Tech Audit

How High-Tech Are Courts?

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It is hard to get the straight story on the state of technology in the American judiciary. “Straight” depends on the angle from which you view, and those in charge may have a slanted view. Everyone has prejudices and biases when it comes to computerization.

Still, some things regarding the courts of the 50 states plus the federal judiciary are as expected: Money is short everywhere. Fed­eral courts, in general, lead state courts in computerization. And virtually all jurisdictions recognize the need for an electronic docket and electronic filing.

Federal courts are easier to computerize because there are fewer judges, fewer clerks, a more limited and well-defined subject matter jurisdiction and better financing. And appellate courts are easier than trial courts. But other than schedules and appellate opinions being generally available on the Web, we did not sense state appellate courts being significantly ahead of their trial courts.

We recently did our own informal survey of America’s courts. We were unable to contact all courts, and some wouldn’t talk, but we were interested in finding whether any state courts have some degree of technology standard­ization.

We developed a pretty good feel for at least a third of the country. We found that no state was close to the federal standard, but many seemed ready to emulate it if they could just get financing.


Among the main benchmarks we looked for was electronic filing. Some states have well-developed projects, many have fledgling ones, and some seem to have none at all. Money is the ubiquitous limiting factor.

Knowing that because of tight budgets, most state courts would not have well-developed electronic filing, we looked for the next best thing: an electronic docket that at least listed filings, even if the actual documents were not accessible through the system. We also gave points to states that made their electronic dockets available over the Web. And we looked for what we term “poor people’s electron­ic filing”: electronic service of orders and rulings and electronic service of documents among counsel. Electron­ic service is based on the assumption that most court personnel and nearly all lawyers have e-mail.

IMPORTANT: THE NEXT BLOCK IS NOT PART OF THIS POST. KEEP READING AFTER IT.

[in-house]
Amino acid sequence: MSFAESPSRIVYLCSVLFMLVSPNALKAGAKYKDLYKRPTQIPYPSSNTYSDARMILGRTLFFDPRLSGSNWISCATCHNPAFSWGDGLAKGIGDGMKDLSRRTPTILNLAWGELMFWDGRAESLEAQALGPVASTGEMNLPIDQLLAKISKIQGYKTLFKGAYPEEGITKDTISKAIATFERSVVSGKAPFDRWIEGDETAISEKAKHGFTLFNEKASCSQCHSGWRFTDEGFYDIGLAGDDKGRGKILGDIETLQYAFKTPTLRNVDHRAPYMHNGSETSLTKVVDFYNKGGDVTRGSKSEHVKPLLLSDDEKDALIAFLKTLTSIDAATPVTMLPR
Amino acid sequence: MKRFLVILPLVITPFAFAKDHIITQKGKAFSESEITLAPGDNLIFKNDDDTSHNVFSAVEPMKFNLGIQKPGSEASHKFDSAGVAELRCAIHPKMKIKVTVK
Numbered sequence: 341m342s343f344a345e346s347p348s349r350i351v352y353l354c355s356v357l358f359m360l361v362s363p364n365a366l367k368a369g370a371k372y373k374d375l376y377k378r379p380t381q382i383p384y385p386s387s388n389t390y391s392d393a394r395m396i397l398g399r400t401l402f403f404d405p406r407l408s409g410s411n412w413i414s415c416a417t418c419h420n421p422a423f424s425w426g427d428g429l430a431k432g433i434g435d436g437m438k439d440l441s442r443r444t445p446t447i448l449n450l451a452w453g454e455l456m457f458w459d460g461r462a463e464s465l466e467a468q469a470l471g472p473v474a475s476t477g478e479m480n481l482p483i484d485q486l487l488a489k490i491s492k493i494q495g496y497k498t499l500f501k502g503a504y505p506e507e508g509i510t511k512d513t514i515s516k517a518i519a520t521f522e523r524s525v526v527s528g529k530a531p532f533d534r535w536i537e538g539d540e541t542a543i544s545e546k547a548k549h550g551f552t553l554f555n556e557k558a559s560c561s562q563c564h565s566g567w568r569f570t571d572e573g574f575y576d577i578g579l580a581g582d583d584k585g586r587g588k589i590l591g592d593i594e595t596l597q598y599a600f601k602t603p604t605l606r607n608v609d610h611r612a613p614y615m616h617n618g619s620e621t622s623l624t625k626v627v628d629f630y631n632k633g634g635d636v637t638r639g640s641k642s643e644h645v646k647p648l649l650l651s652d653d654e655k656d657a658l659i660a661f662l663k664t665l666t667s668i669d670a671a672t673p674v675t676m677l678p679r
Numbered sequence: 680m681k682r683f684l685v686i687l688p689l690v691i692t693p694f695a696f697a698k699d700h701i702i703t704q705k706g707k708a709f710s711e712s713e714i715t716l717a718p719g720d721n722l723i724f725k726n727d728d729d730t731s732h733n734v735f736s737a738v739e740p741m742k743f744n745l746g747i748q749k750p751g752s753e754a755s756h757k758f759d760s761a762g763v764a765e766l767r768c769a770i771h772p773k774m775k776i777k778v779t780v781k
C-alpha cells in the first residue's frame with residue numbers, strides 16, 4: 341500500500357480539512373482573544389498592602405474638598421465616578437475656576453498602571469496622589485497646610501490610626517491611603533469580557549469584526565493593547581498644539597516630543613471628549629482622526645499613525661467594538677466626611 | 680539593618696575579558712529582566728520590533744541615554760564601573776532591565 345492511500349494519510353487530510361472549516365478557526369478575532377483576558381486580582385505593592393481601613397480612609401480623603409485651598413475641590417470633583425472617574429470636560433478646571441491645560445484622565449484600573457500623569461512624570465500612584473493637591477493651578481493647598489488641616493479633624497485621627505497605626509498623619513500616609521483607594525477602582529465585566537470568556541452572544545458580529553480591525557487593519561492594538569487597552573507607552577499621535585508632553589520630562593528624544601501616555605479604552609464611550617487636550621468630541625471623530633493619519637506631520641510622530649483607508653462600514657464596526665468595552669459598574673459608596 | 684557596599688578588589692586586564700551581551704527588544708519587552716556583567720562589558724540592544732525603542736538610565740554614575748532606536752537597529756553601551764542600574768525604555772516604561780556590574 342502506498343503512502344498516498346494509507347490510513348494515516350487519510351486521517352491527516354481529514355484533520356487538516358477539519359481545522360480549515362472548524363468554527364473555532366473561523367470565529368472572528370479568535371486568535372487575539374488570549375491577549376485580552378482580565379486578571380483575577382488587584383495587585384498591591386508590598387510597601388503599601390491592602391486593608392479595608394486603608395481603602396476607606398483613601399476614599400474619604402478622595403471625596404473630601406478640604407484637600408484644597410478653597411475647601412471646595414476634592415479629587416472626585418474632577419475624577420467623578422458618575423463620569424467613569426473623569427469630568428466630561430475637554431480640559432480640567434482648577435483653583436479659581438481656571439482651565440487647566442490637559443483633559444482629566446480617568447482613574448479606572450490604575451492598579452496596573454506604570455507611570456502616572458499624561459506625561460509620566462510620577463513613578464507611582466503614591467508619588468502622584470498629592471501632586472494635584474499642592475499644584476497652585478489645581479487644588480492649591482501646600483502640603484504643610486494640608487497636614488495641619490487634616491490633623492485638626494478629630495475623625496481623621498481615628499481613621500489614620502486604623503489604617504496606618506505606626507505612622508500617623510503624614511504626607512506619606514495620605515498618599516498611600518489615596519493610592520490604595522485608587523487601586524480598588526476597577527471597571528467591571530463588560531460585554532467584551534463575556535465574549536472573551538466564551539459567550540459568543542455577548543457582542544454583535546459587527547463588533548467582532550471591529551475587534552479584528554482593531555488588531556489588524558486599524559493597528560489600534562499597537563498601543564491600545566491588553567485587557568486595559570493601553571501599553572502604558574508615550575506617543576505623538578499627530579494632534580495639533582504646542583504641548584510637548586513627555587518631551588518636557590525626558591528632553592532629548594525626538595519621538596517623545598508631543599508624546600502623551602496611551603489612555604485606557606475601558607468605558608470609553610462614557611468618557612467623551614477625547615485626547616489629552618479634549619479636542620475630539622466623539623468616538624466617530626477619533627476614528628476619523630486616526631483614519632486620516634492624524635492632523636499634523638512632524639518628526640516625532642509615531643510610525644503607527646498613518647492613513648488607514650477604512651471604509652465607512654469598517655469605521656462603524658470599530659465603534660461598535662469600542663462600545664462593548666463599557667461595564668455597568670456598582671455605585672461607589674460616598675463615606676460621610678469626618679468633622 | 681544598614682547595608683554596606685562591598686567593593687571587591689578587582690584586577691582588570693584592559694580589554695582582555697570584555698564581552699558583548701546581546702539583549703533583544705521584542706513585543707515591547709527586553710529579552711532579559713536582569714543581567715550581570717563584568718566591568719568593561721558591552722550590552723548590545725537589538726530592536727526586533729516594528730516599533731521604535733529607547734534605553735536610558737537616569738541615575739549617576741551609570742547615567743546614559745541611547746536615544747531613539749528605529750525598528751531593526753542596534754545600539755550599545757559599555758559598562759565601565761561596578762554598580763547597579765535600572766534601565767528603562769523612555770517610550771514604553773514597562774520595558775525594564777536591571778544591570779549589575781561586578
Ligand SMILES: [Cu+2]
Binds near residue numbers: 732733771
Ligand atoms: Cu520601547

One of the most interesting state technology systems we discovered was in Maine. It does not have electronic filing; it has geographic challenges, it needs more bandwidth, and it must deal with the usual misconceptions regarding what technology is and is not suitable for. But a conversation with Warren Armstrong, the information tech­nology director for Maine’s state court technology systems, reveals a solid concept with measured risks: The state’s desktop/laptop system is based on the Mac OS X platform. Microsoft Word is used for word processing. On the server side, Oracle databases are used for case management.

“The judges in Maine have used the Macs for many years,” Armstrong says. “In the spring of 2001, the tech committee had several long meetings to decide if we would stay with the Macs or go to Windows.

“Previously, I was an IT director for a project [involving the U.S. Department of Justice]. We supported 400 U.S. attorneys and paralegals in a single office building. … I had between 15 and 30 people. … In Maine, I have 14 people to support the same number of people, but now it is spread over 42 courthouses in a 35,000-square-mile state.”

Armstrong says trade reports in 2001 about coming problems with viruses, worms and other vulnerabilities in Win­dows led him “to conclude that switching to that platform simply would not be possible without adding at least two more desktop technicians to my staff. At the time, OS X was still new, but based on my earlier experiences with UNIX, I felt that if Apple could deliver a stable platform, this would be the way to go.

“There were and are members of the committee who would prefer us to move to Windows,” Armstrong says. “This is due to the numerous legal software packages written for this system. But the ease in functionality of Win­dows has, from my viewpoint, been trumped by its lack of security.”

In the meantime, Armstrong is trying to build an information system based on open-source software. As for the economical choice of open-source software, we searched in vain for a jurisdiction that uses OpenOffice suite, the Microsoft Office-compatible set of programs (word processor, spreadsheet, presentation tools) that is free.


More populous states have problems smaller states do not have. Because of larger populations, more courts and more extreme variations in population density, a unified system can be more difficult. Additionally, resources may be spread thinner.